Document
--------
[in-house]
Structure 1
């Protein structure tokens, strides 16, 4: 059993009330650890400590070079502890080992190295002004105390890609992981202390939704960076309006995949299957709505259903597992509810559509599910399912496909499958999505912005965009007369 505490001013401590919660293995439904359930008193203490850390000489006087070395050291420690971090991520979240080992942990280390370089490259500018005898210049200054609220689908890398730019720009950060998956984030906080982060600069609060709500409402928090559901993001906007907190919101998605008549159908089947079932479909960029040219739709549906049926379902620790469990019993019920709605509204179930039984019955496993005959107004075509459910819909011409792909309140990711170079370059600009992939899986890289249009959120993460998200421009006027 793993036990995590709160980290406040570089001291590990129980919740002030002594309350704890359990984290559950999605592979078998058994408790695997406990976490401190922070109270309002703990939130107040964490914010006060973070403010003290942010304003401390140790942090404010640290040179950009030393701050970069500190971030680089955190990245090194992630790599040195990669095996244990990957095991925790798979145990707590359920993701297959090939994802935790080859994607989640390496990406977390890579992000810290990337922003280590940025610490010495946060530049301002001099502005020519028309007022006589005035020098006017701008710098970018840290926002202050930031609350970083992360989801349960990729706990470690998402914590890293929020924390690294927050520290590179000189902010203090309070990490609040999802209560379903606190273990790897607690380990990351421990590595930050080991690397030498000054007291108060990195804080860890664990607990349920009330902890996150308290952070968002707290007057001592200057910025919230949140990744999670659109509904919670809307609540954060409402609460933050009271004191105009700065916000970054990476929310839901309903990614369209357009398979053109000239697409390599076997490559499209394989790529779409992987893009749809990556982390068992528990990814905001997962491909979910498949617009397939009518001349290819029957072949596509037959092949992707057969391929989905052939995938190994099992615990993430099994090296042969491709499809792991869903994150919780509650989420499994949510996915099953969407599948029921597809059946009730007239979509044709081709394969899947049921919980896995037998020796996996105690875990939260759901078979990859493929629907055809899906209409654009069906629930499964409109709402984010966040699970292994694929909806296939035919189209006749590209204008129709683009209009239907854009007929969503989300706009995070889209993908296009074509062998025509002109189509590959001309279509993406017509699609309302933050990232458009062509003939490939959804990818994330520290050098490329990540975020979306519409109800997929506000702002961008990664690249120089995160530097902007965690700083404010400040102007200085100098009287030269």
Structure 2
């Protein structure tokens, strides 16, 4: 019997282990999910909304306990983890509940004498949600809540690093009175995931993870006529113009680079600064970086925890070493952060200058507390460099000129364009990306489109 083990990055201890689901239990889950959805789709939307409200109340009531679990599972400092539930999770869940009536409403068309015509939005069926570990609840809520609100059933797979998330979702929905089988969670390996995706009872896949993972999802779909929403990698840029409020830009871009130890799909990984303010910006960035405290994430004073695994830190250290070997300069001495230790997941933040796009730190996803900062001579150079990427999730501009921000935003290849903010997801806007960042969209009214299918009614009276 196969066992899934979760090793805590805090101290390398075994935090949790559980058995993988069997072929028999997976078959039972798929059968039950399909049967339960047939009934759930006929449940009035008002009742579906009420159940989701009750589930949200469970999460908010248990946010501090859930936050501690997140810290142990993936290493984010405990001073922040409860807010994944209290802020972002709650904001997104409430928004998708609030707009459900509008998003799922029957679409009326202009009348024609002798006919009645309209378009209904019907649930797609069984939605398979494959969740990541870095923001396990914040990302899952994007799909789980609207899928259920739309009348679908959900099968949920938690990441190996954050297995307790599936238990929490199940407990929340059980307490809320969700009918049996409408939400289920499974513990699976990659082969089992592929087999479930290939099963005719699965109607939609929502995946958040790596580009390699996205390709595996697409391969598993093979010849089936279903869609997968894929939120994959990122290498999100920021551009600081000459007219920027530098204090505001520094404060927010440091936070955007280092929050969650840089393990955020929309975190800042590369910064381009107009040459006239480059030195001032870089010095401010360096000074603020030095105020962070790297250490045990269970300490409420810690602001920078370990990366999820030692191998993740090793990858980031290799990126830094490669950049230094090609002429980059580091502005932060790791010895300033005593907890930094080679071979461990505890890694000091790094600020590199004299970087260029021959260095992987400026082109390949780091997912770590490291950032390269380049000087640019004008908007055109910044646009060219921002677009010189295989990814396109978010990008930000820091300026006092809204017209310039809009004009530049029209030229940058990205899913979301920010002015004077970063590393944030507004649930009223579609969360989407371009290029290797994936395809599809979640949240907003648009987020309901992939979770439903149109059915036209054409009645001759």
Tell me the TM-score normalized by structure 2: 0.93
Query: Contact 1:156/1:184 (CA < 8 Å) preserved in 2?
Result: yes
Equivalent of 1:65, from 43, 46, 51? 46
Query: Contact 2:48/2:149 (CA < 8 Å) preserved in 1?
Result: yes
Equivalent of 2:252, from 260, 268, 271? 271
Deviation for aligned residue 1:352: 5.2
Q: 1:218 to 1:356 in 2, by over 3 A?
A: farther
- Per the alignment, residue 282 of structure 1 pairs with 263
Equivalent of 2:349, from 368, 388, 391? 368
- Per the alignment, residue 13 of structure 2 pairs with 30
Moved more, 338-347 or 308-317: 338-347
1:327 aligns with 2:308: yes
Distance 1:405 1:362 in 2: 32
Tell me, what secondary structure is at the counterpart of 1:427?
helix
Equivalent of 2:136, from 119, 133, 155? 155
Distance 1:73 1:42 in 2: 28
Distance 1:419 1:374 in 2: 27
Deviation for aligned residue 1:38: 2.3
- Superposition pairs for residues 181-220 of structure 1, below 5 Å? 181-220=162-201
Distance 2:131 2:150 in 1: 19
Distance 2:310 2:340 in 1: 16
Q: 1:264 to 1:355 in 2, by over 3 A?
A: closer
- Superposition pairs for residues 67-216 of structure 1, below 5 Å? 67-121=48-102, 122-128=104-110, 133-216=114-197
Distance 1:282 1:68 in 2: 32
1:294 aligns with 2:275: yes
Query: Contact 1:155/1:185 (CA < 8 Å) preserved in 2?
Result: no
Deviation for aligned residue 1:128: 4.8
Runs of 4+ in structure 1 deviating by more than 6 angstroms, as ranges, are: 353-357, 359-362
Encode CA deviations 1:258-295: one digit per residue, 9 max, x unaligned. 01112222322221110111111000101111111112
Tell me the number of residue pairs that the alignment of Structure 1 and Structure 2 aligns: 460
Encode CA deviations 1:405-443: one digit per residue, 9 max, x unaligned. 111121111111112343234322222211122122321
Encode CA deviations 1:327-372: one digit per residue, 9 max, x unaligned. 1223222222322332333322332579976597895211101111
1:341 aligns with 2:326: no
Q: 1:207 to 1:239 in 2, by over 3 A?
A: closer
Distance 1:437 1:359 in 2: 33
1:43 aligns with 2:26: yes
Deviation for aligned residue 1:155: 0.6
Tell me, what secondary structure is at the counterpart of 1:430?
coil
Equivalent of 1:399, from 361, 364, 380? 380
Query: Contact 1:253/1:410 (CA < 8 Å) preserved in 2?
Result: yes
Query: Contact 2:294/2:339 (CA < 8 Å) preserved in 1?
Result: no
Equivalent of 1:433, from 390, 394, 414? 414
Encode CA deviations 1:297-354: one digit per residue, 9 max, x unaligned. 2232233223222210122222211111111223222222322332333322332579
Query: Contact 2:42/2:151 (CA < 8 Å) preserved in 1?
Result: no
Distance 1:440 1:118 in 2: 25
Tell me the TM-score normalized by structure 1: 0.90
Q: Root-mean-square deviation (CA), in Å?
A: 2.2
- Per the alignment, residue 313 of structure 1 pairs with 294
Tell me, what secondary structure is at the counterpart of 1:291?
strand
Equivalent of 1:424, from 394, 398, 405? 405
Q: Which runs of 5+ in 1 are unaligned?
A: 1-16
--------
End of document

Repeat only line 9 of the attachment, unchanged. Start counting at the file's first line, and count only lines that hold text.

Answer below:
Equivalent of 1:65, from 43, 46, 51? 46